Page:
Russia in Fiction’s previous review was of Tom Clancy and Mark Greaney’s 700-page thriller about Russia invading Ukraine. Given the current war scares, it seemed appropriate.
We follow up our review of Command Authority by reviewing a book that in almost every way has nothing in common with a blockbusting Clancy techno-thriller. In almost every way but one in this case, and the commonality is that Letters from Yelena is partly set in Donetsk and in Russia.
Only today President Putin recognised the Donetsk Peoples Republic, in eastern Ukraine, as an independent state. When Guy Mankowski’s Letters from Yelena was published, a decade ago, there was scarcely a hint that this region was on the brink of years of fighting that would lead up to today’s unfolding crisis.
But even if the novel had been written now, we doubt that any of these nationalist, military, geo-political questions would feature much, if at all, in Letters from Yelena. This is no international thriller, but rather a deeply personal and psychological story of one woman’s inner emotional torment. Its structure consists of an interior monologue in the mind of the eponymous heroine.
Russia is about to invade Ukraine. Or so the warnings from the UK, the United States, and various other western governments have been telling us for the past couple of months.
Whilst normal practice would be for analogous war fiction to appear after the event, Russia in Fiction has a fascination with those authors who wrote Russian history before it happened. (See our reviews of, for example, The Fall of the Russian Empire and The Red Fox).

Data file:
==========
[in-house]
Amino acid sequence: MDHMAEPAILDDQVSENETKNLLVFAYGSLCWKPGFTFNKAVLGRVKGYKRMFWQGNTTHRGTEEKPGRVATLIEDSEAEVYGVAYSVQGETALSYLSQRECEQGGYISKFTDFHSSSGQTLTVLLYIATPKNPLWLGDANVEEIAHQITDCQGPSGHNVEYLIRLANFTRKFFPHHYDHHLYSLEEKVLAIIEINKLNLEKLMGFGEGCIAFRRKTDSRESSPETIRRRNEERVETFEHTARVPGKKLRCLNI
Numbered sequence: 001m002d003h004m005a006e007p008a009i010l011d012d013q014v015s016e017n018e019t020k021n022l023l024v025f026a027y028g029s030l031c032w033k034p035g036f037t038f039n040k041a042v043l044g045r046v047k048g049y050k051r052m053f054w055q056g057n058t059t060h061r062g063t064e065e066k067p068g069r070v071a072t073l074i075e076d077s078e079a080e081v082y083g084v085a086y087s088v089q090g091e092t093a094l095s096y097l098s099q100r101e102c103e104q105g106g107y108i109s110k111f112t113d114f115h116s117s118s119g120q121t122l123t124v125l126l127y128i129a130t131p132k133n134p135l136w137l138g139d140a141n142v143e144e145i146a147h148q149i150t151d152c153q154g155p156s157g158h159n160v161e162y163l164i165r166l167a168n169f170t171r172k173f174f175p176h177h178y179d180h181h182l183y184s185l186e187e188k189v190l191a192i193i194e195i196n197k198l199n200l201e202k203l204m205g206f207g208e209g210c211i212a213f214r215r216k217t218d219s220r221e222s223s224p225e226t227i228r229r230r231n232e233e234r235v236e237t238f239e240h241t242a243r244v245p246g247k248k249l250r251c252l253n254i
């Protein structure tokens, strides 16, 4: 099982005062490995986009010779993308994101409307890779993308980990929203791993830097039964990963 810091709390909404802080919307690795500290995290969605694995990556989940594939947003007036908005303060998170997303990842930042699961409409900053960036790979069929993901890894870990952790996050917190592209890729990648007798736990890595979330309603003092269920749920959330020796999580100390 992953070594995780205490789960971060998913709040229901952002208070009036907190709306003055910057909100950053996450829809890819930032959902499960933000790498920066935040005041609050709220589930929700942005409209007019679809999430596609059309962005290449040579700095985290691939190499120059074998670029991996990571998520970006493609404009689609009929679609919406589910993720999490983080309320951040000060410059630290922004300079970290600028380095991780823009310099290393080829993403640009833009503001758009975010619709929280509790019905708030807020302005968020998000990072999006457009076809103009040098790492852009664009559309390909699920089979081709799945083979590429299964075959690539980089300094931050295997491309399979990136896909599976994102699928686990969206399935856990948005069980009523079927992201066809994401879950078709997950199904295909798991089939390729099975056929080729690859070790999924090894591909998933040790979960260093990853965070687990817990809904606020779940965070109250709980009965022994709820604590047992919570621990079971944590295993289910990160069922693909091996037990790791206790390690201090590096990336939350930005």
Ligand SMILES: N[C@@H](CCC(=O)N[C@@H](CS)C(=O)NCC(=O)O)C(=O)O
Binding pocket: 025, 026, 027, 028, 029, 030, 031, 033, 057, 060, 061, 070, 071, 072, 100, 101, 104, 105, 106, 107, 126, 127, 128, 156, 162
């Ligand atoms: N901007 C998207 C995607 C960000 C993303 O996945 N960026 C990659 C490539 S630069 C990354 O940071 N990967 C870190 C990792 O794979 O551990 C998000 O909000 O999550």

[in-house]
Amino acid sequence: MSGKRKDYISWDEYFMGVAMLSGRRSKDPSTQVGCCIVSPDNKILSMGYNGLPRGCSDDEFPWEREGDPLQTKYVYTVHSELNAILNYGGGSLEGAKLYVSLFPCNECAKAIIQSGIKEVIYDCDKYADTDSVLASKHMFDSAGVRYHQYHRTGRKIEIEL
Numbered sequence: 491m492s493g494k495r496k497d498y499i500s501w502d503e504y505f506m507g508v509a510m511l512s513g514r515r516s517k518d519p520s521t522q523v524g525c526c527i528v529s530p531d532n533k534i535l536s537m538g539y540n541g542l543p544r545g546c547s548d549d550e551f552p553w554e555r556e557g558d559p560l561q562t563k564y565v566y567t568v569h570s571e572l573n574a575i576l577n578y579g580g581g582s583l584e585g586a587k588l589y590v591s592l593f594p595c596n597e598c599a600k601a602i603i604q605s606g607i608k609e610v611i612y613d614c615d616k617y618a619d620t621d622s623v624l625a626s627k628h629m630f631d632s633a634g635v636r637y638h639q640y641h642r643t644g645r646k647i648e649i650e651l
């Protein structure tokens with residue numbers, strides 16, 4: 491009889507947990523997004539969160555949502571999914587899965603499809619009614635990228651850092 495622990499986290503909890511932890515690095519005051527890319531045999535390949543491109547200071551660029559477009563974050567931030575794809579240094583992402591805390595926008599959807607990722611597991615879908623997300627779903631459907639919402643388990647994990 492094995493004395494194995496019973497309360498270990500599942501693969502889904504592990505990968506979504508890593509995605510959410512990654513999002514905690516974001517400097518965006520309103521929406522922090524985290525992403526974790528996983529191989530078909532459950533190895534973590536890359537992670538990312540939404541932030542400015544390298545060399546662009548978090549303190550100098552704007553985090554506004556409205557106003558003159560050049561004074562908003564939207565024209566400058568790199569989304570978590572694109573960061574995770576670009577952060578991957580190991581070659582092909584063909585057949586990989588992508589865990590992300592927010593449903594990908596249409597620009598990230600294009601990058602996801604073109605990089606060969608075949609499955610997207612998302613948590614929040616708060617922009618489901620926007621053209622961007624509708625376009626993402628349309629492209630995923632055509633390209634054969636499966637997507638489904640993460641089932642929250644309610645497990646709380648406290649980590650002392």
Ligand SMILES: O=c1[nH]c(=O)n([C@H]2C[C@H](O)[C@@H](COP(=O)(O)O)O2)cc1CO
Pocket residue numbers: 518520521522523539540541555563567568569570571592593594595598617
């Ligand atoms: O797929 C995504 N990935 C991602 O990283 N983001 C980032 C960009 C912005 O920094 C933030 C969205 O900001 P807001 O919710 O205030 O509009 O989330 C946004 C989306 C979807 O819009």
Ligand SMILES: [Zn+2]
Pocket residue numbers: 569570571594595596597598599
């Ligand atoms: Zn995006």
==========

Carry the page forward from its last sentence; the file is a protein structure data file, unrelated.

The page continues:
Tom Clancy and Mark Greaney wrote about a Russian invasion of Ukraine back in 2013, before even Crimea had been incorporated into the Russian Federation. Command Authority spotted that possibility in advance. But now, in 2022, the novel’s plot seems potentially prescient once more.
War-with-Russia novels were legion in the 1980s. Authors such as Tom Clancy, Ralph Peters, Dennis Jones, Larry Bond, Ian Slater, and General Sir John Hackett all produced one or more examples of military scenario fiction, usually written as a sort of alternative history.
To generalise with some degree of assurance, their plots consisted of carefully worked out military campaigns of the war-gaming variety, drawing on the detailed plans that NATO and the Warsaw Pact had developed for such eventualities. To make them more than simply glorified campaign manuals, human interest would be added by naming individual soldiers, sketching out their characters and home lives, and following them into battle.
Russia in Fiction has reviewed one of the betters ones, Red Army by Ralph Peters (1989). Red Metal, published three decades later, gives an updated and original take on the war-with-Russia concept.
(published in the US as Radiant Angel)
If you know thrillers, you will know the name of Nelson DeMille. He is one of those guaranteed bestsellers. He doesn’t write about Russia most of the time, but he has done occasionally both before and since the Soviet era.
The Charm School (1988) is a classic, with its scenes in the Soviet Union and its plot feature of KGB agents trained in a special area in Russia set up to simulate life in small-town USA. The Talbot Odyssey (1984), about Soviet agents in the CIA, is pretty good too. And DeMille’s non-Russian oeuvre is also above average in the thriller stakes —for example, from what I’ve read, The General’s Daughter (1992) and Word of Honour (1985).
A Quiet End comes decades later on from these best-sellers, and it shows in plot and style.